Updated: Feb 9, 2020
Manchester Opera House
6 December 2019 - 29 December 2019; 2 hours 20, including interval
So, Greater Manchester’s biggest pantomime is certainly its best – it’s a four-star family fun-fest that touches virtually all bases. It’s got a generous star turn from Strictly judge Craig Revel Horwood; a classic dame from legend in his own lunchtime Eric Potts; a strong comedy performance from local lad Ben Nickless and an appropriately feisty Snow White from Zoe George.
Add a hunky Prince (Joshua St Clair) and some pretty exciting special effects in the form of the magic mirror and a particularly impressive dragon that flies out over the stalls and, what more could you possibly want?
Oh yes, the Dwarfs. Well, there’s been controversy over the years about the Little People in pantomime and I’m not about to enter into the political correctness or otherwise. Here they are played by seven strapping chaps who otherwise form the dancing chorus for the rest of the show. But as Dwarfs they do a Shrek - as in that musical, performing on their knees (it must be excruciating) in costumes that have dummy legs that make it look as if they are standing up. It’s a great illusion - one of the show’s highlights.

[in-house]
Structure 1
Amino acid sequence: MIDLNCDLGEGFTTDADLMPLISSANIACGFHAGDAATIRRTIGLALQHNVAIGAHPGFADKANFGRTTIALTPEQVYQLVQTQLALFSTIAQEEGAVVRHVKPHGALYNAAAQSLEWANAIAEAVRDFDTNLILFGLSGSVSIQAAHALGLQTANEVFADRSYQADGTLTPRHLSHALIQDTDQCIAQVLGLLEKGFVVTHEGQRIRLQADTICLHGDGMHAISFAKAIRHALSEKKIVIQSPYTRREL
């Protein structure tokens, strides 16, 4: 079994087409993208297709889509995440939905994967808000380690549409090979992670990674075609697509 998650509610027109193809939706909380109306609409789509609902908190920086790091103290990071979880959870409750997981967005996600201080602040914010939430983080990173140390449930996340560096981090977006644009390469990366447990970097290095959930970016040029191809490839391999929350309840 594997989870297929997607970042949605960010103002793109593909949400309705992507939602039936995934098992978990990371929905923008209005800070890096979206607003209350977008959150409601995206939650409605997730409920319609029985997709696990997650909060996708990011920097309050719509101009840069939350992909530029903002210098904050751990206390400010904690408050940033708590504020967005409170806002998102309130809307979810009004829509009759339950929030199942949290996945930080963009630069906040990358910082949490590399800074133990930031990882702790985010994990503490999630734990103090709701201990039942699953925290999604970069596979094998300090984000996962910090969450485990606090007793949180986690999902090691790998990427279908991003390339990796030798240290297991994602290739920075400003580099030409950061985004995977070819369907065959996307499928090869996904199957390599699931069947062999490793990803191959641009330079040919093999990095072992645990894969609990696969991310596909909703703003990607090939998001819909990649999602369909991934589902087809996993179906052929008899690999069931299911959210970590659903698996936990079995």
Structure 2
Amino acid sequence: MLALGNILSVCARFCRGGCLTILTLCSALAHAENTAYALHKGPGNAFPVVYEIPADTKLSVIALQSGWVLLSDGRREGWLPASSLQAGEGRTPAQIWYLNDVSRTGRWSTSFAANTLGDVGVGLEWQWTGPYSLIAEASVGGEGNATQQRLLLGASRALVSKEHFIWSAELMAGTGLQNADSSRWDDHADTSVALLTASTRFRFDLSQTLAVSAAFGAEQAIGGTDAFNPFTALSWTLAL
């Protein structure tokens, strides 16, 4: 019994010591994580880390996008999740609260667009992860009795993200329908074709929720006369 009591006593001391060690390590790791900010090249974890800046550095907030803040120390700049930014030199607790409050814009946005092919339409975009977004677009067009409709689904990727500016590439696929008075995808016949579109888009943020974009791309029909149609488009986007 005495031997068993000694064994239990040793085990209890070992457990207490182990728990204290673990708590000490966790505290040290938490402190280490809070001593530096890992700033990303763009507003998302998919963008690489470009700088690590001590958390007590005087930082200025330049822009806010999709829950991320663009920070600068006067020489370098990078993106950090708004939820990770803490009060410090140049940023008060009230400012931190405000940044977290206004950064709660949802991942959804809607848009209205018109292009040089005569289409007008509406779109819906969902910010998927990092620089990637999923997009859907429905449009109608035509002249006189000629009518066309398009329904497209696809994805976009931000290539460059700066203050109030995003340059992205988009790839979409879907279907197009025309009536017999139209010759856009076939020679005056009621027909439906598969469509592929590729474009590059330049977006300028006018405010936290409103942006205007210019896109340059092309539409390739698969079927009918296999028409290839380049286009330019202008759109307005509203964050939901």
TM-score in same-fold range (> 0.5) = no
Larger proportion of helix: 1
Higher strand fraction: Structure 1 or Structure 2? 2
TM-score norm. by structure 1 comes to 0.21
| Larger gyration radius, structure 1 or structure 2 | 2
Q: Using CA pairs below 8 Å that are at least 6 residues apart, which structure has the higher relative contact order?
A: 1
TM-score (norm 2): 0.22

Back to Horwood. He can sing, belting out several numbers, including the climactic (careful) gay anthem My Way and he undoubtedly has stage presence (how tall is he?) as anyone who saw his recent Strictly appearance in drag can testify.
The script here is more than a little awkward for him, as he has to try to persuade (not very seriously) that he’s evil (past Strictly competitors might think he really is) and then join the fun and frolics.
There are a few gender fluid moments (particularly when he strips the Prince) that seem awkward, but he does bridge the gap pretty successfully and has some gorgeous frocks. Craig, was the stunning walk-down creation a Julian Clary cast-off?
I liked Ben Nickless much more this year than last, because the script here doesn’t depend as much on his club act, good as this obviously is. There is just enough of him this time to prove how good he is - confirmed by his treatment of the kids in the song sheet.
Then there’s Eric, the Dame, for years an Oldham Coliseum favourite, as well as a chorus of kids, a sharp band and an overall swift and technically assured big-theatre production. What’s not to like?
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